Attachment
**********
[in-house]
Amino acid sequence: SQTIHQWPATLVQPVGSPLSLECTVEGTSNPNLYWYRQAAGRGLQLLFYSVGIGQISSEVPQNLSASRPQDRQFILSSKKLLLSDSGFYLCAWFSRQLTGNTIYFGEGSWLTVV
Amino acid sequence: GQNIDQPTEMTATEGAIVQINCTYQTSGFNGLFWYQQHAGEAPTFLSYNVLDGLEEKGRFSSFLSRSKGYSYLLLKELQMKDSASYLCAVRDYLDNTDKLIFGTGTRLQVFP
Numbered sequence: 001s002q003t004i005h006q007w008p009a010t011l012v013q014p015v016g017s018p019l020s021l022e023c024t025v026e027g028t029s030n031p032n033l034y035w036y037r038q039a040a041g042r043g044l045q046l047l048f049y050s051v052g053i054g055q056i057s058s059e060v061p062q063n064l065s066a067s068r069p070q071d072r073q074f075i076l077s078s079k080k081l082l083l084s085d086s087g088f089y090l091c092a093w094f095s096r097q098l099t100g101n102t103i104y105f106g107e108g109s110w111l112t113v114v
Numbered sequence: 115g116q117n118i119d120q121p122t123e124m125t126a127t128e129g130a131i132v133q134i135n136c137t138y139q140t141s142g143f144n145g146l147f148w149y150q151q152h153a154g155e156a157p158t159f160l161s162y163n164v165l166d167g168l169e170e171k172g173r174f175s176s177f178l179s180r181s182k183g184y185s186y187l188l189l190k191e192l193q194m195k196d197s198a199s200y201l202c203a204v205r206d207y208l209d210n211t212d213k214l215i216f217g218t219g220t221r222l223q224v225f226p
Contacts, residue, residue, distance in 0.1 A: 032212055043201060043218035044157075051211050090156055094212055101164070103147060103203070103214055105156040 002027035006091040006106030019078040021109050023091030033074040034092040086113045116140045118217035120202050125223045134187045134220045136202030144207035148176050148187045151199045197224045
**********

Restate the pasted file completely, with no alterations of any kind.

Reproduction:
[in-house]
Amino acid sequence: SQTIHQWPATLVQPVGSPLSLECTVEGTSNPNLYWYRQAAGRGLQLLFYSVGIGQISSEVPQNLSASRPQDRQFILSSKKLLLSDSGFYLCAWFSRQLTGNTIYFGEGSWLTVV
Amino acid sequence: GQNIDQPTEMTATEGAIVQINCTYQTSGFNGLFWYQQHAGEAPTFLSYNVLDGLEEKGRFSSFLSRSKGYSYLLLKELQMKDSASYLCAVRDYLDNTDKLIFGTGTRLQVFP
Numbered sequence: 001s002q003t004i005h006q007w008p009a010t011l012v013q014p015v016g017s018p019l020s021l022e023c024t025v026e027g028t029s030n031p032n033l034y035w036y037r038q039a040a041g042r043g044l045q046l047l048f049y050s051v052g053i054g055q056i057s058s059e060v061p062q063n064l065s066a067s068r069p070q071d072r073q074f075i076l077s078s079k080k081l082l083l084s085d086s087g088f089y090l091c092a093w094f095s096r097q098l099t100g101n102t103i104y105f106g107e108g109s110w111l112t113v114v
Numbered sequence: 115g116q117n118i119d120q121p122t123e124m125t126a127t128e129g130a131i132v133q134i135n136c137t138y139q140t141s142g143f144n145g146l147f148w149y150q151q152h153a154g155e156a157p158t159f160l161s162y163n164v165l166d167g168l169e170e171k172g173r174f175s176s177f178l179s180r181s182k183g184y185s186y187l188l189l190k191e192l193q194m195k196d197s198a199s200y201l202c203a204v205r206d207y208l209d210n211t212d213k214l215i216f217g218t219g220t221r222l223q224v225f226p
Contacts, residue, residue, distance in 0.1 A: 032212055043201060043218035044157075051211050090156055094212055101164070103147060103203070103214055105156040 002027035006091040006106030019078040021109050023091030033074040034092040086113045116140045118217035120202050125223045134187045134220045136202030144207035148176050148187045151199045197224045